Today I gave a short talk at a Bereavement Service organised by a local funeral director BF Mulley & Son and held at Trinity United Reformed Church in Upminster. I am grateful to the minster Rev Phil Nevard for inviting me to take part in the service and give the message.
The Bible reading is Psalm 121 and is given below:
1 I lift up my eyes to the hills– where does my help come from? 2 My help comes from the LORD, the Maker of heaven and earth. 3 He will not let your foot slip– he who watches over you will not slumber; 4 indeed, he who watches over Israel will neither slumber nor sleep. 5 The LORD watches over you– the LORD is your shade at your right hand; 6 the sun will not harm you by day, nor the moon by night. 7 The LORD will keep you from all harm– he will watch over your life; 8 the LORD will watch over your coming and going both now and forevermore.
It’s good to see so many of you here this afternoon.
We come from a variety of backgrounds yet we all have one thing in common. Something, we in fact share with all humanity regardless of race, religion or status. We have all at some point lost someone we love. For some it is a recent loss and really hurts. For others, the loss happened a while ago and yet the pain is still there at times.
But we all have suffered a loss. We have all grieved or are grieving the death of someone of significance to us. Someone far wiser than me once said “Grief is the price we pay for love”. You could say it’s the flip side of the coin with love being the head.
Maybe we find it strange that life goes on around us as if nothing has happened, as if those outside of our little world don’t know what we are going through. Life continues.
I was visiting Jane a couple of weeks ago and she said to me how unreal it all seemed. She had just lost her dad and whilst for her, the world had stopped, everyone else just carries on with life. Business as usual. Jane wondered why no one seemed to care or even notice that she was grieving.
Just look at all the preparations for Christmas. The shops crowded with people eager to spend their money. The internet is humming with online shopping. Houses and shops groaning under the weight of Christmas lights and decorations. Adverts on the TV pushing images of happy families enjoying themselves without a care in the world.
Perhaps you are thinking “How can I enjoy Christmas when he or she isn’t here with me?”
I suspect the thought of actually enjoying Christmas and celebrating the birth of Jesus is fairly low in the list of priorities.
Quite understandably life has lost its sparkle.
And then we have the practical concerns of life to negotiate, perhaps for the first time on our own. Things we didn’t worry about, because he or she always did them. Getting the shopping, writing cheques and paying the bills, wiring a plug or mowing the lawn. For some this is unknown territory.
It may seem silly or embarrassing to confide in family or neighbours that you haven’t a clue what to do.
One of my brothers and his wife had to make numerous trips to North Wales to teach father in law how to use the washing machine, how to cook and basically how to look after himself. He’d never had to be involved in domestic affairs whilst his wife was alive.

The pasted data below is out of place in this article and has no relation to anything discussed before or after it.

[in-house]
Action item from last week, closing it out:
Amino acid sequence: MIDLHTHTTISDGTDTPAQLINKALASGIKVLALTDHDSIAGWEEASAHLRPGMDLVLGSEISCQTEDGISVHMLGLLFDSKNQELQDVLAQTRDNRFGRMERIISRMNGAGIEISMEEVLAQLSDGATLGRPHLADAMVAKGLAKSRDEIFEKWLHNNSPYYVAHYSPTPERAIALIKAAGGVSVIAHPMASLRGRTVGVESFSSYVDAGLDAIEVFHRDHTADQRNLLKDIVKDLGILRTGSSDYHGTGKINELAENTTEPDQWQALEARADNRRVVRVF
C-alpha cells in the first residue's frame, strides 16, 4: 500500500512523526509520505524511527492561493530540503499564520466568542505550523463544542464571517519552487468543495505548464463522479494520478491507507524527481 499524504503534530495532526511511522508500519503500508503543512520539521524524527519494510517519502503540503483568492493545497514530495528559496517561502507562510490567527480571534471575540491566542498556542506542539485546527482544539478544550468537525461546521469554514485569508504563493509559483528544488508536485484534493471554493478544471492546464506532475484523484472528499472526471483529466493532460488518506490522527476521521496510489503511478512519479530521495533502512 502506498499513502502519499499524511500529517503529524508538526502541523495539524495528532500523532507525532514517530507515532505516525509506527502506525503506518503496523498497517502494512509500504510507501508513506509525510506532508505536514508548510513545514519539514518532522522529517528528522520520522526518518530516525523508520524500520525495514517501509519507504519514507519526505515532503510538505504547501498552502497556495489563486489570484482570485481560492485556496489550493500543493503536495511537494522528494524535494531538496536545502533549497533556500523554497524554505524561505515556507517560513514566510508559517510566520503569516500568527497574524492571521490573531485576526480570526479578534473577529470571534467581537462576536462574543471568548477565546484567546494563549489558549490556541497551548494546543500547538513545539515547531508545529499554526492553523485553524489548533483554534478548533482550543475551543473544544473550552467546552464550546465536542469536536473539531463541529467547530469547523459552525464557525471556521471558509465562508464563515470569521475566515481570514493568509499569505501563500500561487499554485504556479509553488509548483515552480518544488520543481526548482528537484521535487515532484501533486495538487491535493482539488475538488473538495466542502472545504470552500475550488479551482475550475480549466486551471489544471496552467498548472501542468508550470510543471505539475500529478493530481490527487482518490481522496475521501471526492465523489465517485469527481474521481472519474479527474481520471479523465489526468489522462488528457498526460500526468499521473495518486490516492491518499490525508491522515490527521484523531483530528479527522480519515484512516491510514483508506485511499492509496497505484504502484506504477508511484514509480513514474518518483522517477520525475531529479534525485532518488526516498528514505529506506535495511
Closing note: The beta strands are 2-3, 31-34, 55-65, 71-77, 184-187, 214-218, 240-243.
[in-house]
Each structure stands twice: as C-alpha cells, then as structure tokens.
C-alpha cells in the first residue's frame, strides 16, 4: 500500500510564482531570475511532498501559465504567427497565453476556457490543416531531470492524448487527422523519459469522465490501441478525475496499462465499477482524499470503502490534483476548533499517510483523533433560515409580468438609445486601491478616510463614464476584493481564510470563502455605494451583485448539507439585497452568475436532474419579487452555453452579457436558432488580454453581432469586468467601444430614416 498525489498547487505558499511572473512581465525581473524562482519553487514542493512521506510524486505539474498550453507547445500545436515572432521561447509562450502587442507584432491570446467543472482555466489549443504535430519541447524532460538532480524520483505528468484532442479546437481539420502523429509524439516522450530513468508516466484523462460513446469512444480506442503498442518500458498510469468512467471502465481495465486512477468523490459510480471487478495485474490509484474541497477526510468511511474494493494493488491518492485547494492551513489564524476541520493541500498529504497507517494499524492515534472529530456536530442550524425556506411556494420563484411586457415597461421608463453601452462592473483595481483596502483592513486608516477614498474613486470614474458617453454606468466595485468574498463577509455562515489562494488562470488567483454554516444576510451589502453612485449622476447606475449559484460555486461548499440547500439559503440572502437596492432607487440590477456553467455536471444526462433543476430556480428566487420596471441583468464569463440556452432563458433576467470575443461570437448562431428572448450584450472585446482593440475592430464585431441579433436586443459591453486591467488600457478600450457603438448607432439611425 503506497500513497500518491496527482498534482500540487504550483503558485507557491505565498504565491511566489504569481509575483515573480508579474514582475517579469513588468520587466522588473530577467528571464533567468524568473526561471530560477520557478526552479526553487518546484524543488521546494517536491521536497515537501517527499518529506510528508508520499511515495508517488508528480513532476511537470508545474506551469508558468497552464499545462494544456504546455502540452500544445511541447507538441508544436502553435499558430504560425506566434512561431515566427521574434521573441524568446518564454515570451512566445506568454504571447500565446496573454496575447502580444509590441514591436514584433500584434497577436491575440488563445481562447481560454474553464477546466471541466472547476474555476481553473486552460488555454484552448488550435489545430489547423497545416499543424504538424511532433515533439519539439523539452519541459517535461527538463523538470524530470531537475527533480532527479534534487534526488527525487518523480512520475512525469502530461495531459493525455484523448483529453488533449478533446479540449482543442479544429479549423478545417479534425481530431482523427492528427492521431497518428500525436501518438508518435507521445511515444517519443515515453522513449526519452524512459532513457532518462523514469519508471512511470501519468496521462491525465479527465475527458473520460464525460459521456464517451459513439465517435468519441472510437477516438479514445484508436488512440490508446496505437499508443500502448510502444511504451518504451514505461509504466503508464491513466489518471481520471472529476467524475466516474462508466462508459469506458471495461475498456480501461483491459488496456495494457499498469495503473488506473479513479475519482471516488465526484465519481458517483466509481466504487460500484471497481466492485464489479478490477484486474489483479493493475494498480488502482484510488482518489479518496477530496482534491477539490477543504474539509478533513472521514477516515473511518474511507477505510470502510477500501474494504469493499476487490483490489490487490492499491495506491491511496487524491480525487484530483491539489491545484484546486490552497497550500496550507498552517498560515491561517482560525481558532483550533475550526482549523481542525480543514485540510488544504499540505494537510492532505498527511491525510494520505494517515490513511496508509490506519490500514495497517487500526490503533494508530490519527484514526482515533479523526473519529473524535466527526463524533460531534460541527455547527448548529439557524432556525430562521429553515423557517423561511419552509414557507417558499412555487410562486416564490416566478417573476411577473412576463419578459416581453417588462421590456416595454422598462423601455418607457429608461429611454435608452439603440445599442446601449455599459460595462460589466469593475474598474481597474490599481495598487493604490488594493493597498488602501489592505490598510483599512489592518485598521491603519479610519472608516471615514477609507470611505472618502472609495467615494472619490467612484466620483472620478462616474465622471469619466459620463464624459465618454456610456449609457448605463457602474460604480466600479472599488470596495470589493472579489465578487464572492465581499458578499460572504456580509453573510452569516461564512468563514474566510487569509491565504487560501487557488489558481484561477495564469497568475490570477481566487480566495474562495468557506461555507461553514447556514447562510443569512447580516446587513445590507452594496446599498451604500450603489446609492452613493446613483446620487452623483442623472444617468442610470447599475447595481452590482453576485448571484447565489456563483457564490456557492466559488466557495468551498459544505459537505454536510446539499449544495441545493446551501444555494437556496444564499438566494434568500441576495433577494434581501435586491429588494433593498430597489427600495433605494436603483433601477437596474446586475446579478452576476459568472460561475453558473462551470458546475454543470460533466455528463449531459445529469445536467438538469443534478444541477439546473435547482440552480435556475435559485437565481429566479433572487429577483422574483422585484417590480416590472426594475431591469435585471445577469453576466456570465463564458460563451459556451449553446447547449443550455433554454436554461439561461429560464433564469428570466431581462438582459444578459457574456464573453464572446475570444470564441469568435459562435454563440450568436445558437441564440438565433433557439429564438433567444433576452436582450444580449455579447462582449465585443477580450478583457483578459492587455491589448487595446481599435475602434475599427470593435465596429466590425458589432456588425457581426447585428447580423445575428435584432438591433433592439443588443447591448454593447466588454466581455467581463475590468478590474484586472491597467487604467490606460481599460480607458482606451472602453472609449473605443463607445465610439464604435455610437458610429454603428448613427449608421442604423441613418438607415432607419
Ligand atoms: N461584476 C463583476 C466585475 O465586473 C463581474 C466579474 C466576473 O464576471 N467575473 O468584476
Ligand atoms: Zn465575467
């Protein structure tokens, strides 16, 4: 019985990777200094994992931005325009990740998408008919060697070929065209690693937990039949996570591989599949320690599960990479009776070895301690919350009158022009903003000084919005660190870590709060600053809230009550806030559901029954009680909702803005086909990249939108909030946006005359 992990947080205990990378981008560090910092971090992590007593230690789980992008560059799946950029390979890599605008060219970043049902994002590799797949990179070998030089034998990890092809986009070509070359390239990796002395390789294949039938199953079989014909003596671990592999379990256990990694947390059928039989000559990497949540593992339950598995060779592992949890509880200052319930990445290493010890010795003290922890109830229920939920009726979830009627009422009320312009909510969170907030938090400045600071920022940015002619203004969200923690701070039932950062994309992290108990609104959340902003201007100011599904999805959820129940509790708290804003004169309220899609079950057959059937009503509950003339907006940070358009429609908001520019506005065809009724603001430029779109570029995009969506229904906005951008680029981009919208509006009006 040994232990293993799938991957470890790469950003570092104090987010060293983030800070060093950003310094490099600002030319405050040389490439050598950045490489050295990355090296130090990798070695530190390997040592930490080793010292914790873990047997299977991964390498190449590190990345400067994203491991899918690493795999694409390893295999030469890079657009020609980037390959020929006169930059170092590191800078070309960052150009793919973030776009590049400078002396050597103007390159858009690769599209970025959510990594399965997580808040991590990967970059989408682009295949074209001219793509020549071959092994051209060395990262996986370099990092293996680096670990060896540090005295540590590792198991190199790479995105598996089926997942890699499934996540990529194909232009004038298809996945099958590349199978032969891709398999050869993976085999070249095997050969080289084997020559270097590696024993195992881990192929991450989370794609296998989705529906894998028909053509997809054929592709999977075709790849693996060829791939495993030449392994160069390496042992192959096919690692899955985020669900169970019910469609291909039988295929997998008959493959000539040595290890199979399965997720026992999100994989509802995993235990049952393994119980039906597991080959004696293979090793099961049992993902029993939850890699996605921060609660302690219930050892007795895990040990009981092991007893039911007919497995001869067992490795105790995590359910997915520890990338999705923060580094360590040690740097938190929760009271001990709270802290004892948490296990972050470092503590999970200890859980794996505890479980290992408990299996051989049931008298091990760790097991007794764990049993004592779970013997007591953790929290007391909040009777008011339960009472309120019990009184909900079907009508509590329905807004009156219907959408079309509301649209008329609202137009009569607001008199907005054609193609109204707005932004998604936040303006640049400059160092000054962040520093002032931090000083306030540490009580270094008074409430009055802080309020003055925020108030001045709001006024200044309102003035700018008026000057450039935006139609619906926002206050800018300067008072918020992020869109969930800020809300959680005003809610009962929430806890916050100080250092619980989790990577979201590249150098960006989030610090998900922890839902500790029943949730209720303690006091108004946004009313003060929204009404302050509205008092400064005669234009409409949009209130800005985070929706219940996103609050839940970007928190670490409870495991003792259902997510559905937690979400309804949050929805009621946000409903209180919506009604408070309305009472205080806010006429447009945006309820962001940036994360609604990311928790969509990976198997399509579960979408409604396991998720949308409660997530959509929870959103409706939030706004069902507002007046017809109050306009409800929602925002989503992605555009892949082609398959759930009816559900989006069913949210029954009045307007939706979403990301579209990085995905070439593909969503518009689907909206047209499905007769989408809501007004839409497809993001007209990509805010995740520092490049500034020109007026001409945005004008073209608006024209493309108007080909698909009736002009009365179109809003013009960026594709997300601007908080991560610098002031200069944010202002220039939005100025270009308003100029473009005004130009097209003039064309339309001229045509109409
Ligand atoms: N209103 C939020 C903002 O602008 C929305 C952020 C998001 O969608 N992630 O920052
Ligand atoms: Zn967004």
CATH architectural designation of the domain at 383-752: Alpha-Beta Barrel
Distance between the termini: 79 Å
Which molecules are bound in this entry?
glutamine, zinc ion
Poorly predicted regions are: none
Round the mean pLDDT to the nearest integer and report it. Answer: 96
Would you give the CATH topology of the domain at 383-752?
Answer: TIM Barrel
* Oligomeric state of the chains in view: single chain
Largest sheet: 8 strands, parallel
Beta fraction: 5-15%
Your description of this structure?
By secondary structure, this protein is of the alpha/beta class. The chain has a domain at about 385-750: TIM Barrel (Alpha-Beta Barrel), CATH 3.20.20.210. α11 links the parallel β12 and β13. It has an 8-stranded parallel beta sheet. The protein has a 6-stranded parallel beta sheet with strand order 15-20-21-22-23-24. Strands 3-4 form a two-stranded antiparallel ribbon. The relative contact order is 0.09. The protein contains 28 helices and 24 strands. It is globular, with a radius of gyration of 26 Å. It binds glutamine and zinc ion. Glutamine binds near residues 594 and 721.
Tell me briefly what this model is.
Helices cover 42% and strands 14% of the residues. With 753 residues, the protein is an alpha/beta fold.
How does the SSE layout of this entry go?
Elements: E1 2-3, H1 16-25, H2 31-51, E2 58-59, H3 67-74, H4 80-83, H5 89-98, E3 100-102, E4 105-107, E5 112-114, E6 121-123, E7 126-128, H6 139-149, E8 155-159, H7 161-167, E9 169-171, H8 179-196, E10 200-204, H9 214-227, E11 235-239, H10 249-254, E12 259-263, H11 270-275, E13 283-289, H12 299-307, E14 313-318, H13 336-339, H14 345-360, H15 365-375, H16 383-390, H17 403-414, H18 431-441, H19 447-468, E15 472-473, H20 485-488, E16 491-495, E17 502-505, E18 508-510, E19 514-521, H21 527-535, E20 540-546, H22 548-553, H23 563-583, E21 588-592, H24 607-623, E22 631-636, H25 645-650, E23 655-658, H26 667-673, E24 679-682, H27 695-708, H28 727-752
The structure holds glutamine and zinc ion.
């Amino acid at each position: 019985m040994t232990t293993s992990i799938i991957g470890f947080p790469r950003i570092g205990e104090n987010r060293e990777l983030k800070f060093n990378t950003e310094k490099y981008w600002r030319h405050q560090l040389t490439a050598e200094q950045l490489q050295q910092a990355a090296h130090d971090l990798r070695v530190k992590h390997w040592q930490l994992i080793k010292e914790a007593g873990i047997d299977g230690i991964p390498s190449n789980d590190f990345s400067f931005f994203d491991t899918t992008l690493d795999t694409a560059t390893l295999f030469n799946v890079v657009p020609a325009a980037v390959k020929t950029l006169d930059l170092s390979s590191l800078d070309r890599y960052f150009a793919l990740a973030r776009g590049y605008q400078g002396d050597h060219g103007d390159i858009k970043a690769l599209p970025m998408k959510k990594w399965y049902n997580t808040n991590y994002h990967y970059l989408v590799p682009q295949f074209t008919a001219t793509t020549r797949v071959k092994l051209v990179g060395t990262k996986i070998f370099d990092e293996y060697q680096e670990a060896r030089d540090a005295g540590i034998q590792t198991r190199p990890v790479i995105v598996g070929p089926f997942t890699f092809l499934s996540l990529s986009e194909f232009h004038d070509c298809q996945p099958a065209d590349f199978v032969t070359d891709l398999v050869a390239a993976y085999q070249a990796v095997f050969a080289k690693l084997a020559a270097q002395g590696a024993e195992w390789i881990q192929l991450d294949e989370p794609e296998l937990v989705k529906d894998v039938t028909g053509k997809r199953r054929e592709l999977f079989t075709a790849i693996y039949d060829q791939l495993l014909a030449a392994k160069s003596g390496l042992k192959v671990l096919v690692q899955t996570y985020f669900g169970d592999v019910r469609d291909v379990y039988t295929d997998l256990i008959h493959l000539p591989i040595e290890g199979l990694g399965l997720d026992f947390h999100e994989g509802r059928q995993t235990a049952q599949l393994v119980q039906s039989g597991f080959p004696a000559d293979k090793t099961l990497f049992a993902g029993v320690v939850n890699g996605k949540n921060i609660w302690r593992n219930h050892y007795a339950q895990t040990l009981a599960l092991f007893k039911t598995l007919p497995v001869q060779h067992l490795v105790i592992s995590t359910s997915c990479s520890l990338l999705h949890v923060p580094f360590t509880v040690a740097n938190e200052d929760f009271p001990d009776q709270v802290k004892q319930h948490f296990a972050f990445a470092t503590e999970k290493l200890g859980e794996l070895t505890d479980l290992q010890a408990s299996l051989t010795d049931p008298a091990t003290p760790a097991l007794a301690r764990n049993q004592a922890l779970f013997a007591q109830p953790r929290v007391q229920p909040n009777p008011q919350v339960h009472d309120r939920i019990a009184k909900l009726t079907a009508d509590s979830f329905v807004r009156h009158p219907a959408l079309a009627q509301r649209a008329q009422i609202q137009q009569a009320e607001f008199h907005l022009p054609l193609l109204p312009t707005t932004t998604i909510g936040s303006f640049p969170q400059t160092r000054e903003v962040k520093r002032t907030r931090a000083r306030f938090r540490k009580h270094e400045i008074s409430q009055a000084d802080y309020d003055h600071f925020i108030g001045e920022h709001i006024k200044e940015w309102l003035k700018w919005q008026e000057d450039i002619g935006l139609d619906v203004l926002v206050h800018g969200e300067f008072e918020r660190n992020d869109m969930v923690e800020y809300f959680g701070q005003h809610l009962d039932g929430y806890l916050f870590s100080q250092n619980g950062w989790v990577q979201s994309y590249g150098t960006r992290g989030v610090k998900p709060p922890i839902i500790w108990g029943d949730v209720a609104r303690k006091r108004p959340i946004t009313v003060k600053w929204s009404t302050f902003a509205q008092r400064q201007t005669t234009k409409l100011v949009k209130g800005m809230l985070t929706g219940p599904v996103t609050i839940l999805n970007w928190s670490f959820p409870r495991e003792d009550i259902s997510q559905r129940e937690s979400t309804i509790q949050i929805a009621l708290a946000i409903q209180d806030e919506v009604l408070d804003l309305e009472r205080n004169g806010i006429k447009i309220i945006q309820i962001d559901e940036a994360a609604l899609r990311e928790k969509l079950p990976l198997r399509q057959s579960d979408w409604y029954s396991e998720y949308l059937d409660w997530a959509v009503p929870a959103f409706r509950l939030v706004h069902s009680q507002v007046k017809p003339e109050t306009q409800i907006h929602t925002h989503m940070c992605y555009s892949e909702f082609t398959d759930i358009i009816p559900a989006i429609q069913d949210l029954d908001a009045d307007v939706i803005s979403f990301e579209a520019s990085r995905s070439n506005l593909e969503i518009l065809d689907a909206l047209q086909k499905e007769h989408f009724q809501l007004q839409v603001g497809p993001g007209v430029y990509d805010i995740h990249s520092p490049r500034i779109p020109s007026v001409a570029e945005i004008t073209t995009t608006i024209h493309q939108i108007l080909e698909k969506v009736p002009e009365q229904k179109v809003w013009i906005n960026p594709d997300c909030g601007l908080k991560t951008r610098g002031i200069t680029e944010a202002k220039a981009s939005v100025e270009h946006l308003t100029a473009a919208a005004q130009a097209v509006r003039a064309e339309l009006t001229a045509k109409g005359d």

Grief can leave us feeling so lost, even if we can do the basics of life. When we lose someone significant such as our life partner, parent, sibling or indeed a good friend, we can find ourselves literally clueless as to what to do next.
Who do I turn to? Who do I ask?
And this is where our Bible reading comes in. Many of the psalms were written by David a man who had at times been through the mill. He had done some terrible things at times. He had known loss and tragedies. He had been wrongly accused and persecuted and yet despite all the awful things that had happened to him he could write this:
“I lift up my eyes to the hills– where does my help come from? My help comes from the LORD, the Maker of heaven and earth.”
In a shifting landscape David recognised the one certainty in life that God is there. People may let us down or we may not want to bother them yet again. We are told we should be strong and independent yet its not always possible.
Some people have a wrong idea of God that we are not good enough to approach him or indeed to ask him for help. Yet he loves each and everyone of us so much that he sent his son Jesus to bridge that gap between us and God so that we can know him and seek his help in times of trouble.
And the good news is God is there for us 24/7 if we ask him. The psalm says “he who watches over Israel will neither slumber nor sleep.” God doesn’t take the day off or have 40 winks or leave you speaking to an answerphone. You can speak with him any time in the knowledge that he listens.
There are people here who will confirm this to be true from their own experiences. And I am sure that you can talk to myself or to Phil after we have finished if you would like to know more.
So this afternoon it is my hope that if you wonder where you can turn to for help you will like the writer of the psalms look to God and accept his love and comfort knowing that if you do so he will watch over you forever more.
Let us pray:
Eternal God and Father, look in mercy on those who mourn. For our loved ones the trials of this world are over and death is past. Accept from us all that we feel even when words fail us; deliver us from despair and give us strength to meet the days to come in the faith of Jesus Christ our Lord. Amen.